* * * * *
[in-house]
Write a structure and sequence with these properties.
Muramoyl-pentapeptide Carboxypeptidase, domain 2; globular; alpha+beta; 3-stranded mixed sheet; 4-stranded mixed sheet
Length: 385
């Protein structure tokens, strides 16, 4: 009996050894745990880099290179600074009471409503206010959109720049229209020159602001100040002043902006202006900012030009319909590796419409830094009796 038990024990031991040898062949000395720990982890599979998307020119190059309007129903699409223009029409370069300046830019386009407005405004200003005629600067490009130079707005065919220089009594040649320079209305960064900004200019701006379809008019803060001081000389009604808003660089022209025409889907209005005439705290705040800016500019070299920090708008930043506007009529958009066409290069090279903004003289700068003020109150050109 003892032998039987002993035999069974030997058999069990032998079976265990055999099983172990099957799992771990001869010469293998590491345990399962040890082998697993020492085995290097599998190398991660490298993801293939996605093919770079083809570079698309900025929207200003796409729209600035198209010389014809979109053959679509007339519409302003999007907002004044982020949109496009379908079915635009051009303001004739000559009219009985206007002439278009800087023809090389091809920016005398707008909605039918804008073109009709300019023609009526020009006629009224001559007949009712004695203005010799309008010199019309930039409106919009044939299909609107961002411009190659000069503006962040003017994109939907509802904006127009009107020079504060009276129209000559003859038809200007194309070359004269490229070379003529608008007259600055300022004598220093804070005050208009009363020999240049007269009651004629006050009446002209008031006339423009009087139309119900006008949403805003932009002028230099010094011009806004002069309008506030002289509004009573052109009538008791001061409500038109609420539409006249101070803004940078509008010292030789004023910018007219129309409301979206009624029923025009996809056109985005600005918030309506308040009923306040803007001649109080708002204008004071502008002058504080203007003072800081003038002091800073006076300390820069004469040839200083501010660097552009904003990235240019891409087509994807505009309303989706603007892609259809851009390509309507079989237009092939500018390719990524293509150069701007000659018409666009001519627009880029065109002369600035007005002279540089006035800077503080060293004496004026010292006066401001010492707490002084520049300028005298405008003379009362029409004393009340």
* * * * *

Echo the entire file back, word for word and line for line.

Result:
[in-house]
Write a structure and sequence with these properties.
Muramoyl-pentapeptide Carboxypeptidase, domain 2; globular; alpha+beta; 3-stranded mixed sheet; 4-stranded mixed sheet
Length: 385
């Protein structure tokens, strides 16, 4: 009996050894745990880099290179600074009471409503206010959109720049229209020159602001100040002043902006202006900012030009319909590796419409830094009796 038990024990031991040898062949000395720990982890599979998307020119190059309007129903699409223009029409370069300046830019386009407005405004200003005629600067490009130079707005065919220089009594040649320079209305960064900004200019701006379809008019803060001081000389009604808003660089022209025409889907209005005439705290705040800016500019070299920090708008930043506007009529958009066409290069090279903004003289700068003020109150050109 003892032998039987002993035999069974030997058999069990032998079976265990055999099983172990099957799992771990001869010469293998590491345990399962040890082998697993020492085995290097599998190398991660490298993801293939996605093919770079083809570079698309900025929207200003796409729209600035198209010389014809979109053959679509007339519409302003999007907002004044982020949109496009379908079915635009051009303001004739000559009219009985206007002439278009800087023809090389091809920016005398707008909605039918804008073109009709300019023609009526020009006629009224001559007949009712004695203005010799309008010199019309930039409106919009044939299909609107961002411009190659000069503006962040003017994109939907509802904006127009009107020079504060009276129209000559003859038809200007194309070359004269490229070379003529608008007259600055300022004598220093804070005050208009009363020999240049007269009651004629006050009446002209008031006339423009009087139309119900006008949403805003932009002028230099010094011009806004002069309008506030002289509004009573052109009538008791001061409500038109609420539409006249101070803004940078509008010292030789004023910018007219129309409301979206009624029923025009996809056109985005600005918030309506308040009923306040803007001649109080708002204008004071502008002058504080203007003072800081003038002091800073006076300390820069004469040839200083501010660097552009904003990235240019891409087509994807505009309303989706603007892609259809851009390509309507079989237009092939500018390719990524293509150069701007000659018409666009001519627009880029065109002369600035007005002279540089006035800077503080060293004496004026010292006066401001010492707490002084520049300028005298405008003379009362029409004393009340």